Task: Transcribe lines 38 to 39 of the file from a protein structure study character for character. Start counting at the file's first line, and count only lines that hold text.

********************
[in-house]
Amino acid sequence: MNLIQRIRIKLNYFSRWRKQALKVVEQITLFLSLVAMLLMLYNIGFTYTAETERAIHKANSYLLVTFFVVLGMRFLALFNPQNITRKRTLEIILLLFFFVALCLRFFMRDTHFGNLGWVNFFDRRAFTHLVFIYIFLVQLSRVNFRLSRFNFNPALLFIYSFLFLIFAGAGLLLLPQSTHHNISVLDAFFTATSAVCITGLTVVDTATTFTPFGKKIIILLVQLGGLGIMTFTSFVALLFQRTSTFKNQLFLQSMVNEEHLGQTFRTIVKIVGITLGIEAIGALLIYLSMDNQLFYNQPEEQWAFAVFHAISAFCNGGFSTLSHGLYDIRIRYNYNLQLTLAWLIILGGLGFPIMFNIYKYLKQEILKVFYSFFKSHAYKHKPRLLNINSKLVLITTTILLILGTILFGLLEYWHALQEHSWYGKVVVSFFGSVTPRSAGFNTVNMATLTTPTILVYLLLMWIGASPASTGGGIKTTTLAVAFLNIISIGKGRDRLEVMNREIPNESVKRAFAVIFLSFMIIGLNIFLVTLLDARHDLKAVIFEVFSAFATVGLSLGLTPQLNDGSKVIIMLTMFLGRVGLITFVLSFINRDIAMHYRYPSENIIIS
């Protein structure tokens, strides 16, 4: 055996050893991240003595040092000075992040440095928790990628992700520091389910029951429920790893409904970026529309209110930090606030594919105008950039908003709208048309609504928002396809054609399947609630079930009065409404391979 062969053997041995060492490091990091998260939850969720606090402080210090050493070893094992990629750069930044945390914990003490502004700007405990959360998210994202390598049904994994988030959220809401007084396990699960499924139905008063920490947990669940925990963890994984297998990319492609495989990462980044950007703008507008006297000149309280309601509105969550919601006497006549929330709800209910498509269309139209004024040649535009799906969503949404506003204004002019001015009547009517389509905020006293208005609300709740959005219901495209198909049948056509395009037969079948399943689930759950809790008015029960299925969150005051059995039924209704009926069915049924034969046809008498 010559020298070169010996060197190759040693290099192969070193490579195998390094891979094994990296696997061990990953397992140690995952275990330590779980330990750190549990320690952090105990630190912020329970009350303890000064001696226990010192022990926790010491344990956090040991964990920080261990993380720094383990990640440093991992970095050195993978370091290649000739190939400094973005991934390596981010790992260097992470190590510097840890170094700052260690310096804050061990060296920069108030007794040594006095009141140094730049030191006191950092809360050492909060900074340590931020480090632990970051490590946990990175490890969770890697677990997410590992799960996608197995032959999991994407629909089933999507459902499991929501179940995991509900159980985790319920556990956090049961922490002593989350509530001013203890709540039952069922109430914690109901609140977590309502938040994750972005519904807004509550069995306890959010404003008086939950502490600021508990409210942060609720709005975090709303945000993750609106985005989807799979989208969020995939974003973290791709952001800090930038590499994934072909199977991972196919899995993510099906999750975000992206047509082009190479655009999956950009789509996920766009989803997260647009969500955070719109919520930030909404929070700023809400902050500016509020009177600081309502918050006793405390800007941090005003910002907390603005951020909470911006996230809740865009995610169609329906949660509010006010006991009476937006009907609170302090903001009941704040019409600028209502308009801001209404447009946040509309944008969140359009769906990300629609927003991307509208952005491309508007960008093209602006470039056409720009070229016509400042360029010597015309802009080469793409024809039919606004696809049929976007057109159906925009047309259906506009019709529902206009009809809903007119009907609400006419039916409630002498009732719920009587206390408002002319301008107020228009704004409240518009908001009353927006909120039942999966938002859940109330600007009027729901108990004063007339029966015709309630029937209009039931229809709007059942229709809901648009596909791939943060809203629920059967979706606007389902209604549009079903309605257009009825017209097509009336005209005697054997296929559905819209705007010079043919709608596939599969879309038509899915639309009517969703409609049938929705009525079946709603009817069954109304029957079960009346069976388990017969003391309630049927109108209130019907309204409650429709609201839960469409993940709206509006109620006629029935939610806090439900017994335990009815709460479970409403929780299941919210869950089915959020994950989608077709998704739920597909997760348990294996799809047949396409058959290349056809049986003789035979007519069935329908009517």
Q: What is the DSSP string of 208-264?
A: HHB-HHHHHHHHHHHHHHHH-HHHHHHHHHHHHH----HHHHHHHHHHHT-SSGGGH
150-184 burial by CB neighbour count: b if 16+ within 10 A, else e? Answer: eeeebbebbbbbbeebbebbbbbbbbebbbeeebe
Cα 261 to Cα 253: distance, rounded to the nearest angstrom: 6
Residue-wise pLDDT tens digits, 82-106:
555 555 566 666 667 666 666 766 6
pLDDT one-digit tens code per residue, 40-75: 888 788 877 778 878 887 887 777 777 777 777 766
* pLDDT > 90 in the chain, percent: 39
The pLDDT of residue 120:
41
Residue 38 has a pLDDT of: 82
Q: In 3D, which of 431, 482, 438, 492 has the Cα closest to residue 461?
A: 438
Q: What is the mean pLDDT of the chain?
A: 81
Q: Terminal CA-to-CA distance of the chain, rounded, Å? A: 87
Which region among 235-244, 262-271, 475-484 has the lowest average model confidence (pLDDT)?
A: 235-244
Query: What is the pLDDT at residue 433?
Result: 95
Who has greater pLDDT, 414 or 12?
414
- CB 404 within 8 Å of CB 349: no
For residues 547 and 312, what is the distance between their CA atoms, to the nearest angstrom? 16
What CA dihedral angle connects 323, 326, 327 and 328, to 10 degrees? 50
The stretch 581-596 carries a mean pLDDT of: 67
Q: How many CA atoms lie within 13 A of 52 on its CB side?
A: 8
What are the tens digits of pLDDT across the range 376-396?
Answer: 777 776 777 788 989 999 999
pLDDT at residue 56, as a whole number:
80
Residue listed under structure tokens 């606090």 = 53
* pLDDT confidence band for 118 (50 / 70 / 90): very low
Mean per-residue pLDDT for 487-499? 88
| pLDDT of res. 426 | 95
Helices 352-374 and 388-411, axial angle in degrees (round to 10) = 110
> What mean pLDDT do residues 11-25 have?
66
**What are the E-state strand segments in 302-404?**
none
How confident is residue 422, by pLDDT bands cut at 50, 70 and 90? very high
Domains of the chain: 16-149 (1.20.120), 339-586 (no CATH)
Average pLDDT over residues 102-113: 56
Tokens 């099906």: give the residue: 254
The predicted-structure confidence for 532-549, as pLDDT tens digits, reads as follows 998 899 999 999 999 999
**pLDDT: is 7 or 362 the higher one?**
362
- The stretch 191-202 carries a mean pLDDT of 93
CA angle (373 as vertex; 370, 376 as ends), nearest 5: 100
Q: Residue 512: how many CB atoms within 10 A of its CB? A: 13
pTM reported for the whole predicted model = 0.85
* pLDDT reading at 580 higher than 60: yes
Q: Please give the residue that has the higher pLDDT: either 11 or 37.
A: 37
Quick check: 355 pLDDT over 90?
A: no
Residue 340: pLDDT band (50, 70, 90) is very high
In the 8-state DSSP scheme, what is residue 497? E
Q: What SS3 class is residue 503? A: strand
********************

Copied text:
Mean per-residue pLDDT for 487-499? 88
| pLDDT of res. 426 | 95